CBA Center for Backyard Astrophysics



Superhumps in Cataclysmic Binaries. XIX. DV Ursae Majoris

Joseph Patterson, Tonny Vanmunster, David Skillman, Lasse Jensen, John Stull, Brian Martin, Lewis Cook, and Jonathan Kemp

Publications of the Astronomical Society of the Pacific

December 2000, Volume 112, Page 1584

DV Ursae Majoris is a deeply eclipsing dwarf nova which shows very powerful superhumps when it attains superoutburst. We report detailed observations of the 1997 and 1999 eruptions. In many ways the results reproduce what has been learned from other eclipsing dwarf novae: that the disk becomes very large in outburst; that the superhumping light originates from large radii in the disk; that the shape of the disk appears to change on a timescale of a few days. The mean superhump period was 0.08870(8) d, but in both eruptions the period probably decreased with P-dot=-7×10-5. Globally distributed coverage of the 1997 eruption revealed two other interesting features: evidence of a transient modulation at the orbital period at the peak of eruption, and intricate fine structure in the harmonics of the main superhump signal. In particular, we found that the "second harmonic" occurred not at 3w-3W as expected (where w and W are respectively the orbital and "precession" frequencies), but at 3w-2W and 3w-W.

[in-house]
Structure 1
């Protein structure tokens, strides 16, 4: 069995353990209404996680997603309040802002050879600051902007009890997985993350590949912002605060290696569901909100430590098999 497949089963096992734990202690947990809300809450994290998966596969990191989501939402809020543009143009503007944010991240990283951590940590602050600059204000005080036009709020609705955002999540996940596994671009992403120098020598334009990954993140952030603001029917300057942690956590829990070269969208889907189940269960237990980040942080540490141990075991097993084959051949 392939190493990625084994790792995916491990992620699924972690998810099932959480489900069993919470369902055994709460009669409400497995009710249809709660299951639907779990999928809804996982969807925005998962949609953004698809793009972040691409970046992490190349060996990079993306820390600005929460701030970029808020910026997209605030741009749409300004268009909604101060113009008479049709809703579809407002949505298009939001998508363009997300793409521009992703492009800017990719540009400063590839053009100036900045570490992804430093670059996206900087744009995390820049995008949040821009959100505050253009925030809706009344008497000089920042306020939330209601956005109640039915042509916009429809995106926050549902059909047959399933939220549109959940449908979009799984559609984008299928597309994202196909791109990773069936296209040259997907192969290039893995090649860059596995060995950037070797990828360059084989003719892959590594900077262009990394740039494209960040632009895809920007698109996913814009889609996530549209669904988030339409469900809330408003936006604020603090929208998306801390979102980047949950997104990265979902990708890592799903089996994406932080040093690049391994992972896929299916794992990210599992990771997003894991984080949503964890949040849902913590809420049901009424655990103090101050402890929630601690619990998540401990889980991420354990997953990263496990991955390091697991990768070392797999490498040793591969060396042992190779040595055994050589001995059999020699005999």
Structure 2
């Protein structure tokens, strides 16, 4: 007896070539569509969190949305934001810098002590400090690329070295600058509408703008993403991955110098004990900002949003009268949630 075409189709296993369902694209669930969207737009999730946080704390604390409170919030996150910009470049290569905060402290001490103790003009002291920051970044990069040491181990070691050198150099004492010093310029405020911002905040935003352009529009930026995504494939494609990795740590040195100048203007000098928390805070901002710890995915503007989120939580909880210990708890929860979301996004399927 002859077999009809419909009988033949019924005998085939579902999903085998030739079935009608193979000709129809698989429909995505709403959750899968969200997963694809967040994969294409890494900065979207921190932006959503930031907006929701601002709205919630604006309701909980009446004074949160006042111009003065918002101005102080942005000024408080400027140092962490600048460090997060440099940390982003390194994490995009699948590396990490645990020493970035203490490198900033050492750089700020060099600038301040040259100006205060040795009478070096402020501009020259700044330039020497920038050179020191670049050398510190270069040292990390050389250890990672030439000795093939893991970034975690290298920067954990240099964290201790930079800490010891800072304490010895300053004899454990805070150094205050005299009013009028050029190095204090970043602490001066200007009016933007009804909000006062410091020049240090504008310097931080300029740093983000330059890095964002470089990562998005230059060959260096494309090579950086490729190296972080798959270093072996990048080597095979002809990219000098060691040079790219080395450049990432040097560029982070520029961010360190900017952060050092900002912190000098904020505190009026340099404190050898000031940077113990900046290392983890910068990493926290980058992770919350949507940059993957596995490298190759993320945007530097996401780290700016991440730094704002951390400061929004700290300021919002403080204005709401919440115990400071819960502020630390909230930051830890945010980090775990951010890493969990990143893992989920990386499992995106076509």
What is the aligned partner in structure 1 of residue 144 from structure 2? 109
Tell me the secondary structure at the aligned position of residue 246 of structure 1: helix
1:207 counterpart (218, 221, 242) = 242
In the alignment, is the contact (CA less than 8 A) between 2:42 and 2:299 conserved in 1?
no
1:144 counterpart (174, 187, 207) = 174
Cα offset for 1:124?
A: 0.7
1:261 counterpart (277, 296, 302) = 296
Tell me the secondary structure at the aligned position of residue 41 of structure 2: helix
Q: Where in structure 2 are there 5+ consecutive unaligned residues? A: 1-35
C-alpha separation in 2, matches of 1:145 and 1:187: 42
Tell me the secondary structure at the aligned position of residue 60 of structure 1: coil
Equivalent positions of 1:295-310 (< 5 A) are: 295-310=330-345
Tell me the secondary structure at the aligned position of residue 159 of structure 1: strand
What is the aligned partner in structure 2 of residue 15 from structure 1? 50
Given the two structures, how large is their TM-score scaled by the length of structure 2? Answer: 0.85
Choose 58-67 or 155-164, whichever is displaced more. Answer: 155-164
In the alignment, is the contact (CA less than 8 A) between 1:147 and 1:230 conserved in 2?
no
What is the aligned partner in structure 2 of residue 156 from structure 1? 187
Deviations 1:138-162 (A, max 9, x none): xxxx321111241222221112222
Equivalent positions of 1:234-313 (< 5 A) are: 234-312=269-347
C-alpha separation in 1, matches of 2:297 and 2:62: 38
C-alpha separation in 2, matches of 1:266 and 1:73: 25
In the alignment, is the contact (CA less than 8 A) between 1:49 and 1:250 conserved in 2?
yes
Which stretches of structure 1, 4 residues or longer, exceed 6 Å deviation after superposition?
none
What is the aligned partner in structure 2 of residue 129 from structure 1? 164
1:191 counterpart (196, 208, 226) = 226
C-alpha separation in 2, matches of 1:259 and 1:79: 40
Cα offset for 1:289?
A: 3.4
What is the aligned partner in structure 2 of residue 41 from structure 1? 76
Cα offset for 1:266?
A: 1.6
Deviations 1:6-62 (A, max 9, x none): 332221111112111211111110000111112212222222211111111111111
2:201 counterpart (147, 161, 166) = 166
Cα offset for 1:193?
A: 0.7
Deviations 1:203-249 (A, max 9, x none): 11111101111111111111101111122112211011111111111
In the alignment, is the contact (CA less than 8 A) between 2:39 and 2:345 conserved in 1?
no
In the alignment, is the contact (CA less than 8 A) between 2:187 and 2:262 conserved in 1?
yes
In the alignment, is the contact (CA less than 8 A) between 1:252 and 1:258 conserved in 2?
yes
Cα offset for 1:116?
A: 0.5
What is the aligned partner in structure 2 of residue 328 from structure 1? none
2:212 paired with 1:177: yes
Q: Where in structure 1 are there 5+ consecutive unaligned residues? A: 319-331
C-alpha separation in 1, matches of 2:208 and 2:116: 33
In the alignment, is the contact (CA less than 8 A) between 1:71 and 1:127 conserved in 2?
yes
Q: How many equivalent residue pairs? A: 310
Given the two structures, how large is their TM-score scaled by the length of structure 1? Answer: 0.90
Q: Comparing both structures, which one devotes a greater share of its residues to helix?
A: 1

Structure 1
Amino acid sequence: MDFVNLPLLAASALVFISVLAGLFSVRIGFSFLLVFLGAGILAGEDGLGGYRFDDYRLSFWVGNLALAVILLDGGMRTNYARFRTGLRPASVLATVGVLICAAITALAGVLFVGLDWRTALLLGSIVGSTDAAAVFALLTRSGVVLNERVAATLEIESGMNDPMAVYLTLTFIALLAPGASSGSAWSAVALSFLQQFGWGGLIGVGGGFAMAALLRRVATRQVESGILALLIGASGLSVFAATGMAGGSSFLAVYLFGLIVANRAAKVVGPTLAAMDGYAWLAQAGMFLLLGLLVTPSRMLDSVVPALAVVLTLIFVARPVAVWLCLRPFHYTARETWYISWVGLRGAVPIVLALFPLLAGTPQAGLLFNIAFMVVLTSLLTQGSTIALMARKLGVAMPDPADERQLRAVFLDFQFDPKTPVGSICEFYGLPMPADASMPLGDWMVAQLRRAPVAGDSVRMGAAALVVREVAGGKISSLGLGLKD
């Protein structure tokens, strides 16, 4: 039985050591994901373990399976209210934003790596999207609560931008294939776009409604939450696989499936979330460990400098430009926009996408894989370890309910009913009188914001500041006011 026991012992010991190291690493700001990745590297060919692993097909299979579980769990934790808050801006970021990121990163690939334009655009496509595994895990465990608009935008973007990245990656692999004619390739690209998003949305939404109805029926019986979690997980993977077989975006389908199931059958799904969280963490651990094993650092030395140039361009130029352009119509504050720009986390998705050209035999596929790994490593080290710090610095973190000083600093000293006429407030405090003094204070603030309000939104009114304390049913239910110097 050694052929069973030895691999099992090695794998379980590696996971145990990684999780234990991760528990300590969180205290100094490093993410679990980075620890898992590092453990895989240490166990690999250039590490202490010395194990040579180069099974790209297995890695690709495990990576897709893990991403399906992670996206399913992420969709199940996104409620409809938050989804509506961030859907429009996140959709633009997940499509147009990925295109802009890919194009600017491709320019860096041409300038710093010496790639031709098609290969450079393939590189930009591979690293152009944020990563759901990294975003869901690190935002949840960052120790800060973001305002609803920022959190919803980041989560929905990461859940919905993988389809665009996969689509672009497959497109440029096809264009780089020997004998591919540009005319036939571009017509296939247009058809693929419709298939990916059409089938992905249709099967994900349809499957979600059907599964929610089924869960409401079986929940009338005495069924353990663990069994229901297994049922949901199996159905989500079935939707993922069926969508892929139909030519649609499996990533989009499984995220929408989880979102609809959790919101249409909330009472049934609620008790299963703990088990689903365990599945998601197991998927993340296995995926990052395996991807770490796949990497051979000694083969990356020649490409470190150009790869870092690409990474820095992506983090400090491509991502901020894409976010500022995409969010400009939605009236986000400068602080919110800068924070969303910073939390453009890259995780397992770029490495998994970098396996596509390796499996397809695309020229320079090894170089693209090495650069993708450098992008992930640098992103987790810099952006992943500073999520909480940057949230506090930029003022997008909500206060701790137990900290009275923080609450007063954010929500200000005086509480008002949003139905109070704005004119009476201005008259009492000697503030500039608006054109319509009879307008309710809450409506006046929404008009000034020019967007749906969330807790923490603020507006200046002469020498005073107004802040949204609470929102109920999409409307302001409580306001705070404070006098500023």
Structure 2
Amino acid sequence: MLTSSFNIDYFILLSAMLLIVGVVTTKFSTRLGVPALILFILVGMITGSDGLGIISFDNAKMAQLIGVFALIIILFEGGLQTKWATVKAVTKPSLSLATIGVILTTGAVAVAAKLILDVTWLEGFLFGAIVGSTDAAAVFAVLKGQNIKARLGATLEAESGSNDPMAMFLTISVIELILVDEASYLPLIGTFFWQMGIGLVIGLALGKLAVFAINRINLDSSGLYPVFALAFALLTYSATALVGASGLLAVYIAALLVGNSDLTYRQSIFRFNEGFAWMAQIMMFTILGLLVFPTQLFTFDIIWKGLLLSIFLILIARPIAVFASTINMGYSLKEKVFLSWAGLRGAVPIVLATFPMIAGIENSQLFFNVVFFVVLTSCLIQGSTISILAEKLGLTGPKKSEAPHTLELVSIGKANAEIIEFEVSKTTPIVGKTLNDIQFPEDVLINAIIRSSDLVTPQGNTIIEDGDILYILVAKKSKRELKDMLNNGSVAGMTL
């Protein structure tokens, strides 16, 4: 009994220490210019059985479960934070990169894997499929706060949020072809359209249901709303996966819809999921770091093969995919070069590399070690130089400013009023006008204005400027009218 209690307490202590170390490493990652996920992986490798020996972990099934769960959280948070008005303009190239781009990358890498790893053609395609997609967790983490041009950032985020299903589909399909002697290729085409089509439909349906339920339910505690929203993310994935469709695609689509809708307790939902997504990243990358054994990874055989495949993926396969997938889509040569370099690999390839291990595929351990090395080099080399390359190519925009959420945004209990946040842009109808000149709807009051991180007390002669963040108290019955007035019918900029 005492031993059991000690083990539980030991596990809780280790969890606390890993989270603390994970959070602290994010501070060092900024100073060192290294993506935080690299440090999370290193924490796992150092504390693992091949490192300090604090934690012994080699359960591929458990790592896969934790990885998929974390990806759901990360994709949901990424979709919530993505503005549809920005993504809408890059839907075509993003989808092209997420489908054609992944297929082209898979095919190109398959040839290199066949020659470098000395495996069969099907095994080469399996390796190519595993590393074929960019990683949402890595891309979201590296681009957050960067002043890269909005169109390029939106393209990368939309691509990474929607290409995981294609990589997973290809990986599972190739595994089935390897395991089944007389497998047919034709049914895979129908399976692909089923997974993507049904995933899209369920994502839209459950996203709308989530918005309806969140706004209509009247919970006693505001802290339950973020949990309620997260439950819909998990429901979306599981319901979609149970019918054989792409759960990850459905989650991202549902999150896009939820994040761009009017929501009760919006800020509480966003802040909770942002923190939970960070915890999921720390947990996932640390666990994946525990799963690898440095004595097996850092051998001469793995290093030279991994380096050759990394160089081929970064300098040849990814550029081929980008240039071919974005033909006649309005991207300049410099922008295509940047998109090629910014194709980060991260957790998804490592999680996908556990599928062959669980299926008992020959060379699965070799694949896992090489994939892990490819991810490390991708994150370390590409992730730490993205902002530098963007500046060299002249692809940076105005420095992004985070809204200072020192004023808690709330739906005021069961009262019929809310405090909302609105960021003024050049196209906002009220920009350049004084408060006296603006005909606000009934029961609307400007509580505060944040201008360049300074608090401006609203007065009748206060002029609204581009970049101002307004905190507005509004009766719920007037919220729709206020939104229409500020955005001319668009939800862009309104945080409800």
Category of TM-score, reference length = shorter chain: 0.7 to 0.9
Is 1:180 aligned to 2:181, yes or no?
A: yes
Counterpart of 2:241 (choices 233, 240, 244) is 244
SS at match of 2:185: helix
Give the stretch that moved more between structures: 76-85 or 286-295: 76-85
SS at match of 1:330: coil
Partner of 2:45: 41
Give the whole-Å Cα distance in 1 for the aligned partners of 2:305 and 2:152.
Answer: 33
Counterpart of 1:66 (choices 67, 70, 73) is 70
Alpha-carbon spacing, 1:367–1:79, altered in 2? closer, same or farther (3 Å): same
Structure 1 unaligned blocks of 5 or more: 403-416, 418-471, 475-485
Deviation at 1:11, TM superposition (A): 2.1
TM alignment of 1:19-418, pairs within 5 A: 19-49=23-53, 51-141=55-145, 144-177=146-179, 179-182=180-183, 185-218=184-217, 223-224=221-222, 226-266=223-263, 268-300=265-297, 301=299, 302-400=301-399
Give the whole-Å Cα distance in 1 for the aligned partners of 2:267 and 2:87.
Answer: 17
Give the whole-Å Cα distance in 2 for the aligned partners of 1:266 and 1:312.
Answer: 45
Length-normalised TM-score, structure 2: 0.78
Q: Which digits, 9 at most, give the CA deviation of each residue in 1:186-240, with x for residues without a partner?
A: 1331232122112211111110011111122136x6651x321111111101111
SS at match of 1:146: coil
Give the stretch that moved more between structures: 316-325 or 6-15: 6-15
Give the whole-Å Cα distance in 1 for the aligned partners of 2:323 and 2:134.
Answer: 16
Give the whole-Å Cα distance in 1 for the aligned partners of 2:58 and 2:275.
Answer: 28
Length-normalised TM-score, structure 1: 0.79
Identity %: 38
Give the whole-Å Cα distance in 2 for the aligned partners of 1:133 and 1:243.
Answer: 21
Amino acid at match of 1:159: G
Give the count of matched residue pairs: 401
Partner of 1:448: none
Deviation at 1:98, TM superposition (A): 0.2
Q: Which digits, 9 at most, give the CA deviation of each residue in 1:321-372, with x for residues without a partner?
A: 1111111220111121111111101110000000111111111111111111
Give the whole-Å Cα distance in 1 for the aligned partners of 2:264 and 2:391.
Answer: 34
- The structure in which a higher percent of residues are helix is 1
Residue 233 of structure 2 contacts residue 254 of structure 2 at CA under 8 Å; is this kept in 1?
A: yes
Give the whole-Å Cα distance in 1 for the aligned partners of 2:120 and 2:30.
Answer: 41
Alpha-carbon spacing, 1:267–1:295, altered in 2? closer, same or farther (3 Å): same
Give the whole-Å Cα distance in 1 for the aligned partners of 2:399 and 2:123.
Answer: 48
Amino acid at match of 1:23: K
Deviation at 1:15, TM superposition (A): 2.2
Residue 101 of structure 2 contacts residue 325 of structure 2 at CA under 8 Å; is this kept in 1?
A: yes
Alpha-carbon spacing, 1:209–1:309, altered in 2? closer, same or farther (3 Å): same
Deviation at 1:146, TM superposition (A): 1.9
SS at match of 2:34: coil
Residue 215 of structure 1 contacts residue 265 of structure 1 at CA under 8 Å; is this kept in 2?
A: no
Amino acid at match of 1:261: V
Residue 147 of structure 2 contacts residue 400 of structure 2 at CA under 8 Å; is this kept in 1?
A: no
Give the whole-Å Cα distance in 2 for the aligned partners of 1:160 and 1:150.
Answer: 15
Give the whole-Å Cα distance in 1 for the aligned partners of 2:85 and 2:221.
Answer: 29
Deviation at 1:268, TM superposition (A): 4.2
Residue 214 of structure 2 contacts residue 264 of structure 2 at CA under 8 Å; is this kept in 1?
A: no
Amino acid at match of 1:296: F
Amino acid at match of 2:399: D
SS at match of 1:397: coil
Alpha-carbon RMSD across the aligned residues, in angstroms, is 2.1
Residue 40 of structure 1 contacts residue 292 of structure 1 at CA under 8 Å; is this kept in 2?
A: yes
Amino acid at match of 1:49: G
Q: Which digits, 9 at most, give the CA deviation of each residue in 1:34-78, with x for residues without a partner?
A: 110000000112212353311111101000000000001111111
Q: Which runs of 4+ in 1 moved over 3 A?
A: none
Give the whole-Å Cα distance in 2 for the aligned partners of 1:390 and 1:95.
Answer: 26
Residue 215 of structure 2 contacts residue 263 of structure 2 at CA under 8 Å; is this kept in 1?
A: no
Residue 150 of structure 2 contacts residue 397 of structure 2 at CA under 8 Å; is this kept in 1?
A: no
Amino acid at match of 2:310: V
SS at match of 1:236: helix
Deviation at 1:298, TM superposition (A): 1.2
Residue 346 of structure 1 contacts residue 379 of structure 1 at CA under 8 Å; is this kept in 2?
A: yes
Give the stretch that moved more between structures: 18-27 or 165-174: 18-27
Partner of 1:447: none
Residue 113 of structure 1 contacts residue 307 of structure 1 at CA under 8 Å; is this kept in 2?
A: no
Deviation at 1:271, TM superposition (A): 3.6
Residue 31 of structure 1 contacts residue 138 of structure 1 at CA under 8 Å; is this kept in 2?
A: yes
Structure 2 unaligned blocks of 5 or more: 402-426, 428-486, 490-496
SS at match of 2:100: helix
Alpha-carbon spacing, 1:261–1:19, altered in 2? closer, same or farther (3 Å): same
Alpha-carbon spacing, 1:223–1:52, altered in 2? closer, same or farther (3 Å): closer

We also report photometry at quiescence, which separates the luminous contributions of the white dwarf, accretion disk, and secondary star. We derive a distance of 800±300 pc. Analysis of the eclipses suggests i=852 °, M2=0.18±0.03 Msol, M1=0.9±0.2 Msol.

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Copyright © 2000 Astronomical Society of the Pacific.